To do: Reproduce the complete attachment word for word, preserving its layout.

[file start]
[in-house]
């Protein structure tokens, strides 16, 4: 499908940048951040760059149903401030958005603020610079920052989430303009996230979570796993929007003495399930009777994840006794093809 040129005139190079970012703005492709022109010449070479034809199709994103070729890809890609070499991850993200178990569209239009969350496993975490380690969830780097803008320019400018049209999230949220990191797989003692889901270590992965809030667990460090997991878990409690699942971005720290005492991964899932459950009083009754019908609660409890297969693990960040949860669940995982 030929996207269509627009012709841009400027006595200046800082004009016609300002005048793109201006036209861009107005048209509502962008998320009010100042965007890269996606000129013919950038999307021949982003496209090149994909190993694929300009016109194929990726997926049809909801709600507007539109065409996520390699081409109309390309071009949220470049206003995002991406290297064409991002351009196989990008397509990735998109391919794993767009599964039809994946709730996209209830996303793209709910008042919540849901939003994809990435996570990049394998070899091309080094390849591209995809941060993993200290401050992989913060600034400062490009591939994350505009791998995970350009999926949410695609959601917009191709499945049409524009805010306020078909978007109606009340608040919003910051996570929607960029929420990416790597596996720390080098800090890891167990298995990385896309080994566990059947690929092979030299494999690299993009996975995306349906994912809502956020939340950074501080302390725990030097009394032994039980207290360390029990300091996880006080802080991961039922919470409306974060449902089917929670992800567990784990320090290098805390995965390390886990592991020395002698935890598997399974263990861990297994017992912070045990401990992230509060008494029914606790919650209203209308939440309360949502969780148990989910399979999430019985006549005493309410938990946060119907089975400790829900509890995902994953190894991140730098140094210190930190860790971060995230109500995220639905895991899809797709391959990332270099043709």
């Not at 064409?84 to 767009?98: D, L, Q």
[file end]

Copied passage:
[in-house]
């Protein structure tokens, strides 16, 4: 499908940048951040760059149903401030958005603020610079920052989430303009996230979570796993929007003495399930009777994840006794093809 040129005139190079970012703005492709022109010449070479034809199709994103070729890809890609070499991850993200178990569209239009969350496993975490380690969830780097803008320019400018049209999230949220990191797989003692889901270590992965809030667990460090997991878990409690699942971005720290005492991964899932459950009083009754019908609660409890297969693990960040949860669940995982 030929996207269509627009012709841009400027006595200046800082004009016609300002005048793109201006036209861009107005048209509502962008998320009010100042965007890269996606000129013919950038999307021949982003496209090149994909190993694929300009016109194929990726997926049809909801709600507007539109065409996520390699081409109309390309071009949220470049206003995002991406290297064409991002351009196989990008397509990735998109391919794993767009599964039809994946709730996209209830996303793209709910008042919540849901939003994809990435996570990049394998070899091309080094390849591209995809941060993993200290401050992989913060600034400062490009591939994350505009791998995970350009999926949410695609959601917009191709499945049409524009805010306020078909978007109606009340608040919003910051996570929607960029929420990416790597596996720390080098800090890891167990298995990385896309080994566990059947690929092979030299494999690299993009996975995306349906994912809502956020939340950074501080302390725990030097009394032994039980207290360390029990300091996880006080802080991961039922919470409306974060449902089917929670992800567990784990320090290098805390995965390390886990592991020395002698935890598997399974263990861990297994017992912070045990401990992230509060008494029914606790919650209203209308939440309360949502969780148990989910399979999430019985006549005493309410938990946060119907089975400790829900509890995902994953190894991140730098140094210190930190860790971060995230109500995220639905895991899809797709391959990332270099043709």
């Not at 064409?84 to 767009?98: D, L, Q």